Navigating the Commission Process

Several weeks ago, I received an email from an artist who was undertaking her first painting commissioned by a client. The artist wanted to make sure that she handled the commission in a professional manner and minimized her own risk of having the deal sour. I can certainly understand the concern – commissions can pose a real challenge for any artist, especially if the artist is inexperienced in dealing with the nuances of creating a custom work of art.

We have coordinated many commissions in the gallery over the years, and most have gone smoothly. Below are a number of things I have learned over the years that may help you, if you have the opportunity to create commissioned work.

Before you agree to create a custom artwork for a client you should consider the following items:

  1. Not every artist is well-suited to doing commissioned work. If you enjoy interacting with people and are patient and diplomatic, you’ll probably be fine. If, however, you prize your artistic freedom and creativity above all else, and have a hard time filtering yourself when interacting with people, you risk having an unpleasant experience in the commission process. You should probably stick to creating what you love, and let your client know you will keep them up to date on new work until they find what they are seeking.
  2. You should have an understanding in place with your client prior to beginning the project, or even perhaps, before taking a deposit. While we don’t have a formal written agreement for most commissions, we let the client know exactly how the process will work and send them the details via email.
    • Let the client know how much input they will have on the final artwork. I suggest giving the client only a little latitude here. For example, you might let them determine the general subject, size, and primary colors of the artwork, but leave decisions about the details completely at your discretion. “I want to make sure I create a masterpiece for you, and the more freedom you give me, the better I will be able to do this.”.
    • Give the client an estimated time of completion, and a schedule of the various steps along the way:
      • when you will begin
      • when they will receive images of the art for their approval
      • how long the piece will take to dry (or cast if you are a sculptor)
      • framing or basing time
      • crating and delivery time.
    • Let the client know what their responsibilities are for shipping costs and installation, if any.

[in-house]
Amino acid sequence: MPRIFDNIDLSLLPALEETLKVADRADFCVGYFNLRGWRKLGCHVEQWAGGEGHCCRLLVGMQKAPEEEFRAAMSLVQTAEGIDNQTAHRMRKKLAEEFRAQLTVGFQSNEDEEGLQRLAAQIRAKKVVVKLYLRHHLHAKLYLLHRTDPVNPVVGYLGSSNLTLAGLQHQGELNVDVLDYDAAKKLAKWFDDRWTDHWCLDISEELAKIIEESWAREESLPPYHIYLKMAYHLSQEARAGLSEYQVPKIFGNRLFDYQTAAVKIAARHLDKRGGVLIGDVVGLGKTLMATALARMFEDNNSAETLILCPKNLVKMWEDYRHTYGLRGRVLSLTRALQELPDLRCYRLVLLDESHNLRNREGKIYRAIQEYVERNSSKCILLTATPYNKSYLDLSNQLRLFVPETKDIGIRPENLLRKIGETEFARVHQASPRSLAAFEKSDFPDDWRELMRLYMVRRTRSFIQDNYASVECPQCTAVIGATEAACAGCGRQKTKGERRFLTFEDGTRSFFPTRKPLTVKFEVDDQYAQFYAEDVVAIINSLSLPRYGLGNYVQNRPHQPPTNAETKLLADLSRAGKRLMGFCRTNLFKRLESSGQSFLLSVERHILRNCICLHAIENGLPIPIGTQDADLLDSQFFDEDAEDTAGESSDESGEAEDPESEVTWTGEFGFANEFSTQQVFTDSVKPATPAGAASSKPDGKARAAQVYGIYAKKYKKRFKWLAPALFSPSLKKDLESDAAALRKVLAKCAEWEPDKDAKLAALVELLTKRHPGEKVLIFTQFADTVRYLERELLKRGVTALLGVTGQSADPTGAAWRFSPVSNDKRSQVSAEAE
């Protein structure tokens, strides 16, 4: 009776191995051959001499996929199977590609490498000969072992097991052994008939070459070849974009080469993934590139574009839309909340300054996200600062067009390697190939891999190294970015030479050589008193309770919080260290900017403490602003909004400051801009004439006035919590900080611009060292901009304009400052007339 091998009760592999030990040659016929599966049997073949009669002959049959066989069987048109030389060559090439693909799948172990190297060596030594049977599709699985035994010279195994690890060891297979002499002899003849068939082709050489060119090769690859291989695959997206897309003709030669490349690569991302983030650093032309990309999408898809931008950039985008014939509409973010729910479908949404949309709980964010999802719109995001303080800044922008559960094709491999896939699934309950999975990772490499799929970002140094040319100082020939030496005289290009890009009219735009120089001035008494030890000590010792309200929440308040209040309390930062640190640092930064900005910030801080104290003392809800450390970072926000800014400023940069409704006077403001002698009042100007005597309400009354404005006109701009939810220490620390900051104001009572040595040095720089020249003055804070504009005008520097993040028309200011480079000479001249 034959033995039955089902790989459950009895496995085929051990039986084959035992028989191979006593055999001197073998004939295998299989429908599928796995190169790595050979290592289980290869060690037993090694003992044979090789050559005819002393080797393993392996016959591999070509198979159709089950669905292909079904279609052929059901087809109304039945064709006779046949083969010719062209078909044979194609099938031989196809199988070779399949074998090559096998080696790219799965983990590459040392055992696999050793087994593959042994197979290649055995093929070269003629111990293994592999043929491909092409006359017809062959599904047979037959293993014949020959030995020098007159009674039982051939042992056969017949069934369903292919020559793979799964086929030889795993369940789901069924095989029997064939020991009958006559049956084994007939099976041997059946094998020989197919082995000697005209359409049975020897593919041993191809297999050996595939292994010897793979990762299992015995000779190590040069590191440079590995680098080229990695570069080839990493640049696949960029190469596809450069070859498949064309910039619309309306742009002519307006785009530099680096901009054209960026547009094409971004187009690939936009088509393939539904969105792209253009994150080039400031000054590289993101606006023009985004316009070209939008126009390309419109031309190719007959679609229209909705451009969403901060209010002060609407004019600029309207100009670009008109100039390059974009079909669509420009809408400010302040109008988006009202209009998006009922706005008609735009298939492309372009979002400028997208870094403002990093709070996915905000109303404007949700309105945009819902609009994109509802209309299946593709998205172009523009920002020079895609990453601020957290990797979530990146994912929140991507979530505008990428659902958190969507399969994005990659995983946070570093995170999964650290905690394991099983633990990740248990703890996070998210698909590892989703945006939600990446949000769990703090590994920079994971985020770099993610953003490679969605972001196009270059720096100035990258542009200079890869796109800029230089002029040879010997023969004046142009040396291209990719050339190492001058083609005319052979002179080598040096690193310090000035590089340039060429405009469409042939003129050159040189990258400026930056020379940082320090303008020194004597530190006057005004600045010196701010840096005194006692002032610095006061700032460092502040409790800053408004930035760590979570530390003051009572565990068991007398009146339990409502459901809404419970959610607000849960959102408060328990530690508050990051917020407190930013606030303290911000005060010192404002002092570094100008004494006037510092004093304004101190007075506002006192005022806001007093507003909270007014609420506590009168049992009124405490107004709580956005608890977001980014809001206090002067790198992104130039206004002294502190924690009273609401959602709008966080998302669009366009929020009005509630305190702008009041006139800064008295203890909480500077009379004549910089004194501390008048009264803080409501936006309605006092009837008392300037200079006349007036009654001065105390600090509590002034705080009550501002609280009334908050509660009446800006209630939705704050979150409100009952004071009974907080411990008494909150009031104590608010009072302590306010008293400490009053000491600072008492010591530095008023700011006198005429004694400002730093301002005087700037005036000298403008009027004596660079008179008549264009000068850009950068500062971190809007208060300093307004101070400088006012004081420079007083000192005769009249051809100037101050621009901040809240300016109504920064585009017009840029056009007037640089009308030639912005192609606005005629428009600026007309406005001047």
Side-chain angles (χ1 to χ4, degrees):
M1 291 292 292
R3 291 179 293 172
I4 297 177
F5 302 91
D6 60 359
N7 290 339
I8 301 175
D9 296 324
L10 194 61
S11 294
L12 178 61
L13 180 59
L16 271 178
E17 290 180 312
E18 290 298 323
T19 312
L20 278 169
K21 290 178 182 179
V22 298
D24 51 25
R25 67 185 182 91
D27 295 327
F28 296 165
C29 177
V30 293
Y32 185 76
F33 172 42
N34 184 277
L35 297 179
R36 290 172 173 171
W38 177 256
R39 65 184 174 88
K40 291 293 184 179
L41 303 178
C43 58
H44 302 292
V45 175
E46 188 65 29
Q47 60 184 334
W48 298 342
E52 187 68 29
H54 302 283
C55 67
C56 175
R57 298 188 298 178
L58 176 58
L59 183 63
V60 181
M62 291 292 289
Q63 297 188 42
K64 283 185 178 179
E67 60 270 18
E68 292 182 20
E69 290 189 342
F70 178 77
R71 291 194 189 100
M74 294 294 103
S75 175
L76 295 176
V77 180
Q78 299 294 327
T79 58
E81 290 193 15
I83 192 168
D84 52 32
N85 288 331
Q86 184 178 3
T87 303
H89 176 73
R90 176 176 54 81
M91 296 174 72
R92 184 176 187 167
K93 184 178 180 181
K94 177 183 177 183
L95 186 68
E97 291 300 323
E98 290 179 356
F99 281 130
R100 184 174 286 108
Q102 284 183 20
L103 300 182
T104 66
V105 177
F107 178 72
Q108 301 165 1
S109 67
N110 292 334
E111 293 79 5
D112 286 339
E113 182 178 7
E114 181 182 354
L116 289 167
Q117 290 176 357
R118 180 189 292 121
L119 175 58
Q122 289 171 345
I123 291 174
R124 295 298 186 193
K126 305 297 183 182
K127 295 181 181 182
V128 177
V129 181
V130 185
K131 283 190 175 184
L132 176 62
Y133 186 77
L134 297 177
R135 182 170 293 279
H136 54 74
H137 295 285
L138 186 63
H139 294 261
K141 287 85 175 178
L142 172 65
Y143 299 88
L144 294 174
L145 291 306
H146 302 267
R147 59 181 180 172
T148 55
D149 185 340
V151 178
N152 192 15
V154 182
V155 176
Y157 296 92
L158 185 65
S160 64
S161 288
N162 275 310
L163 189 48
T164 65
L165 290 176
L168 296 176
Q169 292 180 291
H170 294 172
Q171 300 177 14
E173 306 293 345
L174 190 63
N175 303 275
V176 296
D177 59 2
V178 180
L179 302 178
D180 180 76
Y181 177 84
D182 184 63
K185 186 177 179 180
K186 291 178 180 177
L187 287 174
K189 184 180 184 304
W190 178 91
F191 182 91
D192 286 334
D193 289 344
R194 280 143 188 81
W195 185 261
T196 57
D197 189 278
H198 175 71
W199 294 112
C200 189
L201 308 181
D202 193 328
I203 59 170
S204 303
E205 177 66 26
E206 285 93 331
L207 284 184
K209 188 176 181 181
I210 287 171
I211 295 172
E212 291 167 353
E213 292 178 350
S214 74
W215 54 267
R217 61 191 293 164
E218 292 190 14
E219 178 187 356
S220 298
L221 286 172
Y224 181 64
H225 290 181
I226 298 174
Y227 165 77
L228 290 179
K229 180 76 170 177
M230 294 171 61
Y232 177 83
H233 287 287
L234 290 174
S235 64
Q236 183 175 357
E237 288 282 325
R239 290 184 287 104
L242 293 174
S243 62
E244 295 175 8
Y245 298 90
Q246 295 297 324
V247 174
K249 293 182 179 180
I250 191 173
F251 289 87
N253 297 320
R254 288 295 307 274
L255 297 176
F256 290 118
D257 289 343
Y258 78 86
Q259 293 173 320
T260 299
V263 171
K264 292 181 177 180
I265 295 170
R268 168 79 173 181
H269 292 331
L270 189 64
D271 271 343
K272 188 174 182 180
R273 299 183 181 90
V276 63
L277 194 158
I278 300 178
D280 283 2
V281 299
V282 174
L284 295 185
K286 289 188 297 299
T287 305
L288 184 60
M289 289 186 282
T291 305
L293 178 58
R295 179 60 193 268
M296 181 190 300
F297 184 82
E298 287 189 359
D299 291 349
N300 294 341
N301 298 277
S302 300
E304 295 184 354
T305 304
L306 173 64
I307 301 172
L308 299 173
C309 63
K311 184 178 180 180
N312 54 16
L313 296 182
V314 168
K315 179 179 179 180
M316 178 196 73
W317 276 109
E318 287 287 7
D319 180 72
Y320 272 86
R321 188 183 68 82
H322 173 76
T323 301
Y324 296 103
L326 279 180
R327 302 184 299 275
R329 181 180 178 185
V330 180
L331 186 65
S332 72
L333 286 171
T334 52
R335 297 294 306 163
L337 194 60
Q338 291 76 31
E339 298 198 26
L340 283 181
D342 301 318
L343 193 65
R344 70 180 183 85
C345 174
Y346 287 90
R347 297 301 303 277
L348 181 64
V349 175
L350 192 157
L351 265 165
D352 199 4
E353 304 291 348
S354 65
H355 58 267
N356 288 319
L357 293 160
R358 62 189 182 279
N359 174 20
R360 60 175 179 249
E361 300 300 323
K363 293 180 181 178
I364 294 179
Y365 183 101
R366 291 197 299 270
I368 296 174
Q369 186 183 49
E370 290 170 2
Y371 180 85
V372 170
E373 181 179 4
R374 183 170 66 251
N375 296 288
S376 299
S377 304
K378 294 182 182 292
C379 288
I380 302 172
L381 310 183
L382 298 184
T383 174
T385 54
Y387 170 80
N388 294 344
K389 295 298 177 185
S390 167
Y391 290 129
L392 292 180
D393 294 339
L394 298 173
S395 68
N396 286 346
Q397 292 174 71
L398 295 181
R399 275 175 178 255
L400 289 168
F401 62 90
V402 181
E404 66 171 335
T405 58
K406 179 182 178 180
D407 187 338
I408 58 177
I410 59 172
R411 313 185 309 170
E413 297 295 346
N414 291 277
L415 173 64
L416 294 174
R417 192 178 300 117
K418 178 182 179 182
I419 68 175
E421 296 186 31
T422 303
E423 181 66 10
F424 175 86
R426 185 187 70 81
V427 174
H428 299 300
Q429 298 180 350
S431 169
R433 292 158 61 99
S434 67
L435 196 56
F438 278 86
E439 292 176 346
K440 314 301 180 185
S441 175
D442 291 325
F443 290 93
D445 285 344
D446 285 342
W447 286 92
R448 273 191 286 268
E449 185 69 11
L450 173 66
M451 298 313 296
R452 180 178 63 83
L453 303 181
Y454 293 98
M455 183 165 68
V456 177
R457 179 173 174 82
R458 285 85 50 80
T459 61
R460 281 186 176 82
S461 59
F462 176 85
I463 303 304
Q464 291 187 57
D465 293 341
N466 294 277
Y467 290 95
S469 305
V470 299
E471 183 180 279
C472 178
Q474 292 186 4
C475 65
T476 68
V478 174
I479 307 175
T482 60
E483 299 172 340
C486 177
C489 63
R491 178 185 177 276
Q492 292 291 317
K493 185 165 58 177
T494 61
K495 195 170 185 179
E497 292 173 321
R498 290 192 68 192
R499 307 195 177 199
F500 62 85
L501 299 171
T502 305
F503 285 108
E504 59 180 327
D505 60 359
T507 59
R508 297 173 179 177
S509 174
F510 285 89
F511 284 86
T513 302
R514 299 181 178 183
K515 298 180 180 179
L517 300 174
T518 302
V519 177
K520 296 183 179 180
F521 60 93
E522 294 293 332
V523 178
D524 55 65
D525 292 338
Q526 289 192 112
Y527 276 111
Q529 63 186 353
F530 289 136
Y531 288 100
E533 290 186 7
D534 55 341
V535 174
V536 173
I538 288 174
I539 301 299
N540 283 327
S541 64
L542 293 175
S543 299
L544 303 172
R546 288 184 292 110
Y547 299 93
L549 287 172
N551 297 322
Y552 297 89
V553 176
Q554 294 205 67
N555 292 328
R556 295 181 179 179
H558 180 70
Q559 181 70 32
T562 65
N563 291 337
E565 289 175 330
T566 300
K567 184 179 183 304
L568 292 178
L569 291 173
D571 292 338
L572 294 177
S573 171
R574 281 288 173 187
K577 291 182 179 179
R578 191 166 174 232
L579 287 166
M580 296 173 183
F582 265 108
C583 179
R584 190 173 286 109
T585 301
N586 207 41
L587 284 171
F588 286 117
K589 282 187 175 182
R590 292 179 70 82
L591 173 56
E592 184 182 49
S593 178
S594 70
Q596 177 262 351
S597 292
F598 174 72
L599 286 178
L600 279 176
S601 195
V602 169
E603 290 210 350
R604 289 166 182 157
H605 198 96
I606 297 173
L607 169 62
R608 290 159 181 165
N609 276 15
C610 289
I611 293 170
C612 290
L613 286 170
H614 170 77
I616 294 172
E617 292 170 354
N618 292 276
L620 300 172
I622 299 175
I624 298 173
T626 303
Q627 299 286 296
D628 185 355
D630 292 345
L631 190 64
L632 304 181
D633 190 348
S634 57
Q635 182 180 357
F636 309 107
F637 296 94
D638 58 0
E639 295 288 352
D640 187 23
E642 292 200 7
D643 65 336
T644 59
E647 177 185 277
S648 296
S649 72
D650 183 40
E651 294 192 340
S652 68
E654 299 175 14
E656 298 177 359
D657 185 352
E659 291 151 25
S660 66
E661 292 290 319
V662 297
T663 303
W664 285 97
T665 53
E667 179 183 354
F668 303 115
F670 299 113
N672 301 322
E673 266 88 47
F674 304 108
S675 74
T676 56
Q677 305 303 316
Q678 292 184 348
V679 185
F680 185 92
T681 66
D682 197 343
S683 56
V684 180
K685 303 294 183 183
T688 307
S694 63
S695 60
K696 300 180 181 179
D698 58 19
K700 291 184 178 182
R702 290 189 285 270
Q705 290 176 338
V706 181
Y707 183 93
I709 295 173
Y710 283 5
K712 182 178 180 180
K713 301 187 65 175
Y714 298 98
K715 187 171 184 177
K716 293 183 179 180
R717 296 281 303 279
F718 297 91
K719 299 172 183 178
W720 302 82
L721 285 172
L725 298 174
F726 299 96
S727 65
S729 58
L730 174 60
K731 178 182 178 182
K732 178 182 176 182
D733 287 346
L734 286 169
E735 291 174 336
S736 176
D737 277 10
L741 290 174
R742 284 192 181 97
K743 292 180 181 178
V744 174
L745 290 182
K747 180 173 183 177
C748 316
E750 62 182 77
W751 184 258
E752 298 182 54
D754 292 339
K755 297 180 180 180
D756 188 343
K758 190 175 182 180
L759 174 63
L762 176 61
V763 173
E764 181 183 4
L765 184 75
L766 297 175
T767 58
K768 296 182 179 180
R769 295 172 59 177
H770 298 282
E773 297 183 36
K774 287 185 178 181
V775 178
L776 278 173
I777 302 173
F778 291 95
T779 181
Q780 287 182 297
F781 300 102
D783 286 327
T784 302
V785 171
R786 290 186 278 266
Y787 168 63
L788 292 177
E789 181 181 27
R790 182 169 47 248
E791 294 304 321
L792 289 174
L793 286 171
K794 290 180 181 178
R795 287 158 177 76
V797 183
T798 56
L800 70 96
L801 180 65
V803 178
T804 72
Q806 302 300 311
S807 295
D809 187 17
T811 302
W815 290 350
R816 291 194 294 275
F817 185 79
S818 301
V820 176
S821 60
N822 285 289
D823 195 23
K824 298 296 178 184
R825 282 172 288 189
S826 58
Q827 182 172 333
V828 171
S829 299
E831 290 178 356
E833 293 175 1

3. Decide whether you are going to charge extra to do custom artwork for a client. Often commissioned work will require extra planning, time, and effort on your part. It is not uncommon for artists to ask a 15-30% premium for commissioned work. On the other hand, a commission is a nearly guaranteed sale, and some artists feel this outweighs the added challenges of a commission. Most of the artists in my gallery do not charge extra for commissions.
  4. Consider a written agreement. We don’t have a formal written agreement. We have handled so many commissions without one, and never had any issues. We’re probably just lucky. As mentioned above, we almost always put all of the details in an email to the client and ask them to acknowledge receipt of the email and an understanding of the terms. A written agreement will help minimize the possibility of any kind of misunderstanding in the process.
  5. Ask for a deposit. This is a big one. Unless you are willing to simply do the work on spec and hope for the best, it is wise to ask for a deposit prior to beginning the project. A deposit will help formalize the agreement and will commit the client to the artwork. We ask for a 50% deposit. Some clients may hesitate to make this kind of commitment, and if they hesitate, you will have an opportunity to iron out additional details. Of course, a client may be reluctant to give a “non-refundable” deposit, but we have found a pretty elegant solution to this. We let them know that we want them to be 100% satisfied with the final artwork. If they are not, they can apply their deposit to the purchase of other work by the artist at any time in the future. In this way the artist is guaranteed the sale, even if the commissioned art doesn’t end up working out for the client (this has only happened once or twice that I can remember in 11 years of handling commissions).
  6. Don’t agree to commission work that is outside the realm of your normal subject-matter or style, or that you wouldn’t be able to sell to another buyer. This concept follows directly from the principle above of guaranteeing satisfaction. If the client ends up not taking the work, you don’t want to be stuck with a piece that is unsellable. I once met an artist who had a client that was completely in love with his work. The client bought several pieces, and then asked the artist to create a large abstract piece for her living room. The artist primarily did impressionistic landscape work and wisely declined to take the commission even though the client really wanted to give the commission to him. The artist told me that he may have successfully created the abstract piece, but he wasn’t willing to risk failure, and, as important, didn’t want to dilute his brand with the client or any other clients. (For more on the importance of consistency, read this post).
  7. Send photos prior to shipping or delivering the artwork. Once the work is completed, a photo to the client prior to shipping will give them an opportunity to confirm they are pleased with the piece. Let them know this is part of the process ahead of time (see #2 above). It’s better to find out about any concerns or issues before you have packed the artwork up or delivered it – you’ll save on return shipping cost and avoid an awkward situation. Sometimes artists will send progress photos along the way, but I discourage this as you don’t want the client to start requesting that  you move trees around or change colors mid-stream.